Ancient New York Ocean Discovery Could Hold Secret of Hydrogen Storage

Miniscule pockets of water from the ocean that covered New York state 390 million years ago have been discovered hidden inside rocks.

Researchers published findings in the journal Earth and Planetary Science Letters on November 17 that showed ancient water trapped inside an iron pyrite framboid, so-called for its resemblance to raspberries.

They were able to analyze what was inside the liquid pocket, allowing them to confirm that the water's salt content matched the composition of the ancient ocean.

ancient seawater and h2 tank
Ancient seawater pockets trapped in an iron pyrite framboid (left) and a stock image of a hydrogen fuel tank (right). Analysis of how the ancient water was stored in rocks for nearly 400 million years may help us store hydrogen in safer and more effective ways. iStock / Getty Images Plus / Photo courtesy of Daniel Gregory | University of Toronto; color added by Cortland Johnson, Pacific Northwest National Laboratory

One far-reaching impact of this study could be gaining further knowledge on how to safely store hydrogen fuel or other explosive gasses underground or in rocks. Hydrogen can be stored as a compressed gas, but it is highly explosive. It can also be stored as a liquid, but due to its low boiling point, this requires incredibly low storage temperatures of −252.882 °C or −423.188 °F

"This work shows the existence of tiny defects in minerals at the nanometer scale," Sandra Taylor, the lead author of the study and a scientist at the Department of Energy's Pacific Northwest National Laboratory, told Newsweek. "We see that they can trap water and in turn it's likely that they could trap hydrogen as well. So with all the effort going into understanding the storage of hydrogen underground, it is important to consider what role these defects may have and we think we can apply this approach to do that."

More effective hydrogen storage may then make a future using the cleaner fuel easier, including in hydrogen fuel cells and in nuclear fusion energy.

The researchers may also be able to use the ancient ocean pockets to find out more about the climate of the ancient Earth, and how it changed over time.

Daniel Gregory, a geologist at the University of Toronto and co-author of the study, told Newsweek: "We made this discovery analyzing the mineral pyrite, trying to understand whether pyrite's trace element content can affect how fast it oxidizes, but we were using a very high resolution technique, atom probe tomography (gives nanometer scale 3-D reconstructions of the sample) and when we processed the data we found that things were more complicated than we'd anticipated."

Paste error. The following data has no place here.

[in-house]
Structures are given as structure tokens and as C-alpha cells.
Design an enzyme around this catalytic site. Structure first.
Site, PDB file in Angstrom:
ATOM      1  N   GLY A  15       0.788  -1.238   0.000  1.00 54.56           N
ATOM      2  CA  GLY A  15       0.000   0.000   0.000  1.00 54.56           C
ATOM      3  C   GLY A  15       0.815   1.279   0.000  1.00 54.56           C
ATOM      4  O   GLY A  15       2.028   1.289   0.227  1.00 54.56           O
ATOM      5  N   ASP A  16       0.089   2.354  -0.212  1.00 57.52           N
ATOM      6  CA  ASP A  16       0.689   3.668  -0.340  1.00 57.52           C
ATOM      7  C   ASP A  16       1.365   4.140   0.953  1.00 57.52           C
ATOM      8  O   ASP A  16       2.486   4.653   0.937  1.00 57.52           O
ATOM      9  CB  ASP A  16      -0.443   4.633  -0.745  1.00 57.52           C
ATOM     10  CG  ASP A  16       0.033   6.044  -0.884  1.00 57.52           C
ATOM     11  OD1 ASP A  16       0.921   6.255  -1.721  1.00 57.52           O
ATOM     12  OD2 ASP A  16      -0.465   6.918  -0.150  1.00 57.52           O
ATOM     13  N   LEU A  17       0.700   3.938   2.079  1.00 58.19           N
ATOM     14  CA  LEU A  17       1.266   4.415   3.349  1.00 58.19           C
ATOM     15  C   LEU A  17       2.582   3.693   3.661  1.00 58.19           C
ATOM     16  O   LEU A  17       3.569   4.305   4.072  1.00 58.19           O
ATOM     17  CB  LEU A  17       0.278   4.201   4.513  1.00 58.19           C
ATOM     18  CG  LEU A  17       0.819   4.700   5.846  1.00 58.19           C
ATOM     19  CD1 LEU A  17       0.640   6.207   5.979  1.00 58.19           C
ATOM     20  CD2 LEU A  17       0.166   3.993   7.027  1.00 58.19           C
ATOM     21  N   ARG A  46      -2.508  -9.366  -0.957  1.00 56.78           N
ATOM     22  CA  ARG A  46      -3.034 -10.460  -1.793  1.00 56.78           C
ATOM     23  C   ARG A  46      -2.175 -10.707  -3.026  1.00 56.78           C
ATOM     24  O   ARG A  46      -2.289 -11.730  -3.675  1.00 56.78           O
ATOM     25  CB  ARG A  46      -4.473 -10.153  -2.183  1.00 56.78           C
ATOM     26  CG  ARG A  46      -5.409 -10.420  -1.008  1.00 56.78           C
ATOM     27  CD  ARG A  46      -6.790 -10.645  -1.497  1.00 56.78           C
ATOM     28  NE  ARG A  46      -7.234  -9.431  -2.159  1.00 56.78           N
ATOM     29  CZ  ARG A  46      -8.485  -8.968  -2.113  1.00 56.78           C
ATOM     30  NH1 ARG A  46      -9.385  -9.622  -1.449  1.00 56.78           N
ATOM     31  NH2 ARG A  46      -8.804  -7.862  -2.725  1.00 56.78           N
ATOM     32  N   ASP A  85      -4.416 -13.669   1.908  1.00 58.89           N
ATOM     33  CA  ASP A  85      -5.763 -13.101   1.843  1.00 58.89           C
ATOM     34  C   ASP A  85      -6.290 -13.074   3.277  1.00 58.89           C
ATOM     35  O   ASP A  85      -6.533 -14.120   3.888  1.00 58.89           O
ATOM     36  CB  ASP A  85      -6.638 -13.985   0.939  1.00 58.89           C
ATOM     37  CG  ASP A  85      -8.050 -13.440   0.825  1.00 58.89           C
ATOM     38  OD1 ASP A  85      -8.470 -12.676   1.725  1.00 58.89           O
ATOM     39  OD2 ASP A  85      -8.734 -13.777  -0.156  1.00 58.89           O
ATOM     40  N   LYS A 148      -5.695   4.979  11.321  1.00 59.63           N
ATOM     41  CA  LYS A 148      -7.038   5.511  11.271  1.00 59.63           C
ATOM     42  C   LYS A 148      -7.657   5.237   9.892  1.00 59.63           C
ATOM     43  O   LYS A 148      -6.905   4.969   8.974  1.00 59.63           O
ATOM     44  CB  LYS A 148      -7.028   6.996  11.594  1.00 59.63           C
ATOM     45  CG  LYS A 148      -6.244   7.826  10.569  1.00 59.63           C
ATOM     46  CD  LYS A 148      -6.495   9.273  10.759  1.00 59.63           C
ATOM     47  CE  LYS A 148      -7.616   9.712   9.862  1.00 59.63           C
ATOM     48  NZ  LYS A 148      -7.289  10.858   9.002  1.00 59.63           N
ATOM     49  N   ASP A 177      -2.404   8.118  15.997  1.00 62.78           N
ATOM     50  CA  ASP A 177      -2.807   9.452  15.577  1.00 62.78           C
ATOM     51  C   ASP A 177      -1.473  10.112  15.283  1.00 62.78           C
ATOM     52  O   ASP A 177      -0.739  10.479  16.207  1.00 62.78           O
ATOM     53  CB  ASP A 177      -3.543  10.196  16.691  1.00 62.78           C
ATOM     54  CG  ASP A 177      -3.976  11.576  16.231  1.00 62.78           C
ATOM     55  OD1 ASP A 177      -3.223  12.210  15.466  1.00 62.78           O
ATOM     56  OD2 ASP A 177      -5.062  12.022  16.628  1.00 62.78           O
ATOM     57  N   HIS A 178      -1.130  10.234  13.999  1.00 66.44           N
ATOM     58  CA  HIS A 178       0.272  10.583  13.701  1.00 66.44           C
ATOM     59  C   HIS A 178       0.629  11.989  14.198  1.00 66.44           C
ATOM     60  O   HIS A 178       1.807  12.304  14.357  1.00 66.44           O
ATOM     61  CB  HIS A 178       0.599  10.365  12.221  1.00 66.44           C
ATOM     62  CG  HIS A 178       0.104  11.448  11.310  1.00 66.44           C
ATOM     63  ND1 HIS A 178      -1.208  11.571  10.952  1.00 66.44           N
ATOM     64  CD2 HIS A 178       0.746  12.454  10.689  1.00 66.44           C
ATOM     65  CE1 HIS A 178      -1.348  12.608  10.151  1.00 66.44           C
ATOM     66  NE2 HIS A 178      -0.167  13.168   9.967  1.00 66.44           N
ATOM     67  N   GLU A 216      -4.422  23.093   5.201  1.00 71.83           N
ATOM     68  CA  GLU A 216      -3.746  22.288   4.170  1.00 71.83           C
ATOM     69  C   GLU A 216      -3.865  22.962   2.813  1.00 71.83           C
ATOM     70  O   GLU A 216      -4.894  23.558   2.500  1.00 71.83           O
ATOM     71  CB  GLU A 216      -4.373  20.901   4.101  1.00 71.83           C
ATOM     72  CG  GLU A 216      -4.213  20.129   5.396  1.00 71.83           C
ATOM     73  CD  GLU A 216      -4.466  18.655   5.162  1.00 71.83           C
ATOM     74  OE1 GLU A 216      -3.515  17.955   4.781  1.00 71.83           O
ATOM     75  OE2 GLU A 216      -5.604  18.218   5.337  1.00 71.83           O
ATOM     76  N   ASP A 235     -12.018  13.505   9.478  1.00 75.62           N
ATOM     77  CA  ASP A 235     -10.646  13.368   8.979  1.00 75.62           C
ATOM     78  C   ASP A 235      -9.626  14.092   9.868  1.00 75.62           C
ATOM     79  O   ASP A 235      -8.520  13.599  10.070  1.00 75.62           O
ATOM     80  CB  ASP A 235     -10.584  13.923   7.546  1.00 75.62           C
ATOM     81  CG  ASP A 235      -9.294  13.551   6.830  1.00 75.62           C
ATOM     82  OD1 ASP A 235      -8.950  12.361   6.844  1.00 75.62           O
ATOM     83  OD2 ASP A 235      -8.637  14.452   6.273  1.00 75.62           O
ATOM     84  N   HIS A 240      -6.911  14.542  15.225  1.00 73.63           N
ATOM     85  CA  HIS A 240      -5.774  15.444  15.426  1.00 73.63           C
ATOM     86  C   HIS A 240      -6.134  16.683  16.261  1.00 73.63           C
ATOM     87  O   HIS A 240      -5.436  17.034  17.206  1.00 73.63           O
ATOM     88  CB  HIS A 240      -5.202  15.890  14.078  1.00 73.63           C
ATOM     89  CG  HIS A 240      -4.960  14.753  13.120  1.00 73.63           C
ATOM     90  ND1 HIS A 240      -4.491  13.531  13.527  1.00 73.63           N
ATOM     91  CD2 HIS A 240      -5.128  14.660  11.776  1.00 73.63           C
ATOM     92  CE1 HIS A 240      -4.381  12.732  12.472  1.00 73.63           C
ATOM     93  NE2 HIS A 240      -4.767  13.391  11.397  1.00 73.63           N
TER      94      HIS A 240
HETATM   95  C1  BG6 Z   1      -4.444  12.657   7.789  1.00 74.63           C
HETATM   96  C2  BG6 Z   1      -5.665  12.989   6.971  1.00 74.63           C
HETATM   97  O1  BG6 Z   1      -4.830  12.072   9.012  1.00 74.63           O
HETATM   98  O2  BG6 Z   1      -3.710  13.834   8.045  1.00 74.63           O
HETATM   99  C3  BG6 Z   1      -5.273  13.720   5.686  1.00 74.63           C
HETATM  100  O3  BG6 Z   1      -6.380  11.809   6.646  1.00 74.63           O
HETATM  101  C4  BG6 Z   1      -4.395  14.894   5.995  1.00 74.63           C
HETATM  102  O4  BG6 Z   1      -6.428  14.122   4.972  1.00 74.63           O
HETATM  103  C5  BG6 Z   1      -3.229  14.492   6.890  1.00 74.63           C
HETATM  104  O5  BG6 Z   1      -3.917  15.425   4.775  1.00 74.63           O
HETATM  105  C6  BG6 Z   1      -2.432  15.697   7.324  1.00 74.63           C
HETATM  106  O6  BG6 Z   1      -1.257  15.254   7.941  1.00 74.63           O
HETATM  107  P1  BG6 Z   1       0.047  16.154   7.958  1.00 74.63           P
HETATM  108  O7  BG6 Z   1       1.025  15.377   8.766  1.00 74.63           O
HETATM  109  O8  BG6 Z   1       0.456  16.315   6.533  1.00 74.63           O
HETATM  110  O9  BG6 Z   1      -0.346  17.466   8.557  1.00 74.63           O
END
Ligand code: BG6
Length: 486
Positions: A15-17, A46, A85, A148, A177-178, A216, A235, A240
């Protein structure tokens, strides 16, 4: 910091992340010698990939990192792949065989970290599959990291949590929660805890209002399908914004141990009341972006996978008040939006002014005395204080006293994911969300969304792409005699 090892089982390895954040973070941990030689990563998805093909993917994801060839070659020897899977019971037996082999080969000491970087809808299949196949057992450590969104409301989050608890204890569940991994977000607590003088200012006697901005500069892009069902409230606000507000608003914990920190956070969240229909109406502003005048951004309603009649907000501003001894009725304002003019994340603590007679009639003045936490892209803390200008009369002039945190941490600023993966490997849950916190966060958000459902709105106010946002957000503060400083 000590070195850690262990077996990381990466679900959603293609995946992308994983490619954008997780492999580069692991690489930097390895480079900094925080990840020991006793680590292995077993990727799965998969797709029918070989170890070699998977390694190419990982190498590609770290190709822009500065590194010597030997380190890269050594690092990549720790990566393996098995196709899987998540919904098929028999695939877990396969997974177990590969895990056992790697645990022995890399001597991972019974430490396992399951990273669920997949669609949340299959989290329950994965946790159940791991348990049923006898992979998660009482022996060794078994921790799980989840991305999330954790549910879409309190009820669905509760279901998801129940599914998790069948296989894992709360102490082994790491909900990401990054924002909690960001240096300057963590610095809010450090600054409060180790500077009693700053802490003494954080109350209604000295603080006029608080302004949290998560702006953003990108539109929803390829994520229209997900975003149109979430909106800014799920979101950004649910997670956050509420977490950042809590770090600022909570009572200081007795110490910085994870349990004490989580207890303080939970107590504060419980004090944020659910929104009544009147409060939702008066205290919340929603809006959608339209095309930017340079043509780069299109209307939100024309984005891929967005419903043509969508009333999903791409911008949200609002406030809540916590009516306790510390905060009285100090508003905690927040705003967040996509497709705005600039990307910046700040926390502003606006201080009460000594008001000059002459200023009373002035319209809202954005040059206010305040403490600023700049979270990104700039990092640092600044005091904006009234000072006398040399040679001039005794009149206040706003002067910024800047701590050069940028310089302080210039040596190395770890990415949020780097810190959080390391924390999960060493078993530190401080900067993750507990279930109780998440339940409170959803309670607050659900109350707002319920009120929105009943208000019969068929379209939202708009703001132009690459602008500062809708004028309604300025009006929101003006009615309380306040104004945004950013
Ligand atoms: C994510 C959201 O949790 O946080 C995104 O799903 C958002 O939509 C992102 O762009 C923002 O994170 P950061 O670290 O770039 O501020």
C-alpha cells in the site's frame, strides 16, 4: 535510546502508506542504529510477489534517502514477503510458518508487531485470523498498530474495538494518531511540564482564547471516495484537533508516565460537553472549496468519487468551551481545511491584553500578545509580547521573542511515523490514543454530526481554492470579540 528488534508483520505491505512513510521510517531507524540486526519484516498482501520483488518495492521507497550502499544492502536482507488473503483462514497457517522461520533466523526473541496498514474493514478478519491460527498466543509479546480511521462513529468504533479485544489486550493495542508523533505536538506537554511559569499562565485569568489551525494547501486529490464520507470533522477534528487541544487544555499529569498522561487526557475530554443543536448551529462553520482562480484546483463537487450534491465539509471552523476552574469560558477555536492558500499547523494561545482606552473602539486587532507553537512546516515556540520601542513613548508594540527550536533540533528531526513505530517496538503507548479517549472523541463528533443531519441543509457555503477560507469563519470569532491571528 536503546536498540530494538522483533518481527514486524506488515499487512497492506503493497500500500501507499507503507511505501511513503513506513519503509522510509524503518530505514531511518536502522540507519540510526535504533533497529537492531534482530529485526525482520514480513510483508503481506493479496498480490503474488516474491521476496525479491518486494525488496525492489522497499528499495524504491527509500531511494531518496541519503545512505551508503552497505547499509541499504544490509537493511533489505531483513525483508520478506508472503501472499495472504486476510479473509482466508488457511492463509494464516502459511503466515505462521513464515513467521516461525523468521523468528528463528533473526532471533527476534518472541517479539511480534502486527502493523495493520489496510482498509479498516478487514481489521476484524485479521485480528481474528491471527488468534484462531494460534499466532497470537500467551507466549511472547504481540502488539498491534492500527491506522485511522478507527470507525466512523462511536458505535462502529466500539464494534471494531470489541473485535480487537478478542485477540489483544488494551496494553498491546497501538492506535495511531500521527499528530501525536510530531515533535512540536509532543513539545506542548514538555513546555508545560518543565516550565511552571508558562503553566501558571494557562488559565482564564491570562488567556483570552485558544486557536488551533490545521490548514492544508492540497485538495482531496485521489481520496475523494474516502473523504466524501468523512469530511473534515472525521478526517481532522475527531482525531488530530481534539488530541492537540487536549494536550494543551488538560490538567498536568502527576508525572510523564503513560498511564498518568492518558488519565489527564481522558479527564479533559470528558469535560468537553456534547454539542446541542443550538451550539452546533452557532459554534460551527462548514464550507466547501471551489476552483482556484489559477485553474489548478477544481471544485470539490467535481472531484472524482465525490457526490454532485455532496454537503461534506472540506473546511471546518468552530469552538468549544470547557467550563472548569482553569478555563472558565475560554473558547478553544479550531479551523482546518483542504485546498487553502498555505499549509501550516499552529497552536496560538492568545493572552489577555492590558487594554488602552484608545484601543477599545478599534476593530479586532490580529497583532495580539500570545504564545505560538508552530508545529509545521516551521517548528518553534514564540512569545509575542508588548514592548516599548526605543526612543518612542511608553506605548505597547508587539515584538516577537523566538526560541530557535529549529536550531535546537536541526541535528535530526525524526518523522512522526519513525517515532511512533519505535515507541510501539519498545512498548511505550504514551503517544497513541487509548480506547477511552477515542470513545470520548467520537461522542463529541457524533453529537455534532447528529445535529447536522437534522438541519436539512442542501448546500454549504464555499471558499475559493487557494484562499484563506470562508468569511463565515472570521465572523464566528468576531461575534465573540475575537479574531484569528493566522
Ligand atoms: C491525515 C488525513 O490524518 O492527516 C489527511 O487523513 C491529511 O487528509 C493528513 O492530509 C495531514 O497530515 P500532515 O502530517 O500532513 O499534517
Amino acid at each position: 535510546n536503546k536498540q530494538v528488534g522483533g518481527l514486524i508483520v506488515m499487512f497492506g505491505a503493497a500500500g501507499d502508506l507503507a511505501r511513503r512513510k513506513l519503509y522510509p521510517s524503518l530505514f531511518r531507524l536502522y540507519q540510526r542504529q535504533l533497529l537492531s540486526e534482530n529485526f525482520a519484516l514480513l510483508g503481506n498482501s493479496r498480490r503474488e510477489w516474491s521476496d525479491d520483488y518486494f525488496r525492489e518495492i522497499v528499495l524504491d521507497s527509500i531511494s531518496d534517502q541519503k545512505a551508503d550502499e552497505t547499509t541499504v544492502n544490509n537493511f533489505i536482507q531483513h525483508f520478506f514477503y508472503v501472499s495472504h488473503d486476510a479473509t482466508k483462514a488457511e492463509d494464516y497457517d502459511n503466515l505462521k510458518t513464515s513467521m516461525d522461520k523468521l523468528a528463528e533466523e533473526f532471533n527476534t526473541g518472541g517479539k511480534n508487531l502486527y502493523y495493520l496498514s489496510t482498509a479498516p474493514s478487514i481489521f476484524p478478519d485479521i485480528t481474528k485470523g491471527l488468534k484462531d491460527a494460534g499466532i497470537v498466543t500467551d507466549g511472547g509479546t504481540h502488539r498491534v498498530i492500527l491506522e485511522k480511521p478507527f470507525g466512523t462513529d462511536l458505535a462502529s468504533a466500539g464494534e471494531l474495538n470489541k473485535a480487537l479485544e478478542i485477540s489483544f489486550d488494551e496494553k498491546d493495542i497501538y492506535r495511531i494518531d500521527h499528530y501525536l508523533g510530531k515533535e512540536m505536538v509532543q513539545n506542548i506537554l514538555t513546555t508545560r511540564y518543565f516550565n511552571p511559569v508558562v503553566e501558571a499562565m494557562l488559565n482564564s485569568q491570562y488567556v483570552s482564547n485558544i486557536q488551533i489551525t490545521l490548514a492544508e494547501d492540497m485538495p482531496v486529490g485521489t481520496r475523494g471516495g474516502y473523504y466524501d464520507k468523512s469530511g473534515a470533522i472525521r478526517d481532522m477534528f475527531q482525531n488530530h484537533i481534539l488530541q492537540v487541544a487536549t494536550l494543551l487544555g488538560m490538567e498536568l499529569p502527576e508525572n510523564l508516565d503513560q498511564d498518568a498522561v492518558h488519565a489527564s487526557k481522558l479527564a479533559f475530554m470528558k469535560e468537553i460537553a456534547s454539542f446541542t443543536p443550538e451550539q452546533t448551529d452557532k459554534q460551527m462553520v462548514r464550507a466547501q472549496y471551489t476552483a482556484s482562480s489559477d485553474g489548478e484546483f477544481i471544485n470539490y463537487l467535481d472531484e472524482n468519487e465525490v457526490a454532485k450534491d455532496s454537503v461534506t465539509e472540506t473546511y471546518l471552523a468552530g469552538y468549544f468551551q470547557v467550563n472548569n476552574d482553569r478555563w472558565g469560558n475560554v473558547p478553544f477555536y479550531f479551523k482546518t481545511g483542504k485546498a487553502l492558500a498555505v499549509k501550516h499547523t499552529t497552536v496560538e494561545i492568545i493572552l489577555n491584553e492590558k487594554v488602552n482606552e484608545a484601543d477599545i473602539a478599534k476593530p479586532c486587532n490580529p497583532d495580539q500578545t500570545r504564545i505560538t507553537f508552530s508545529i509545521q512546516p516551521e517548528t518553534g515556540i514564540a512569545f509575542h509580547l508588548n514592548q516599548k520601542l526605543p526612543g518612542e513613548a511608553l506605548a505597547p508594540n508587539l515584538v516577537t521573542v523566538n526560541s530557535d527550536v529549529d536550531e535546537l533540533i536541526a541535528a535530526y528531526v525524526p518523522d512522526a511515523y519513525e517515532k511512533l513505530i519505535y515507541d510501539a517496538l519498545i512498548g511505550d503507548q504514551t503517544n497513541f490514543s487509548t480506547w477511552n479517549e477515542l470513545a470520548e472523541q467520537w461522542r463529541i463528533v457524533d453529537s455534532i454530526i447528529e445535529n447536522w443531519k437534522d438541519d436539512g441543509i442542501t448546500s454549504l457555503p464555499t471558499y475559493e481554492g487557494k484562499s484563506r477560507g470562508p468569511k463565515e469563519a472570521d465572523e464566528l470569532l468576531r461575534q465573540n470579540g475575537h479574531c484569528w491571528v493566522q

"We were using natural pyrite samples that formed in the oceans hundreds of millions of years ago and what we found in the APT data was that extremely small droplets of water were preserved in the pyrite sample, possibly from the oceans from which the pyrite formed. To follow up on this we checked the Ca [calcium], Mg [magnesium], Na [sodium], and K [potassium] concentration to see if it matches sea water concentrations. While Na and K seemed to be a little different than expected Mg and Ca were very close," Gregory said.

This is important because Ca and Mg are used to determine, among other things, past ocean temperature.

"Thus, we may have found a new tool to understand Mg/Ca ratios through geologic time. This is important because current methods use evaporite deposits which are relatively rare in the geologic record whereas pyrite is very common in the geologic record so it may lead to a greater understanding of the evolution of the oceans and climate through time," Gregory said.

By garnering information about the conditions on ancient Earth, researchers can better understand how changing climates affect life; water mineral content gives clues about ocean temperatures, among other factors.

About 390 million years ago, when the water is thought to have become trapped inside the rock, was during the Devonian period, which spanned 60.3 million years. However, it is rare to encounter liquid water from millions of years ago, making it hard to get a true picture of the environment.

devonian period
A file image of what the Devonian Period may have looked like. Miniscule pockets of water from the ocean that covered New York state 390 million years ago have been discovered hidden inside rocks. iStock / Getty Images Plus

"Typically we can only infer past ocean chemistry through indirect chemical means because that water is no longer preserved in the samples," Timothy Lyons, a biogeochemistry professor at the University of California, Riverside, and co-author of the paper, told Newsweek.

"These new findings provide a surprising and potentially very powerful way to trace evolving ocean chemistry, and the changes in the atmosphere and life by inference, far more directly through what seem to be trapped tiny pockets of seawater. If we are correct in our initial interpretations, this method could be extended up and down the geologic time scale to find many long-elusive answers about our past—and possibly our future."


References

Taylor, S. D., Pushing the limits: Resolving paleoseawater signatures in nanoscale fluid inclusions by atom probe tomography. Earth and Planetary Science Letters. 599 (2022). https://doi.org/10.1016/j.epsl.2022.117859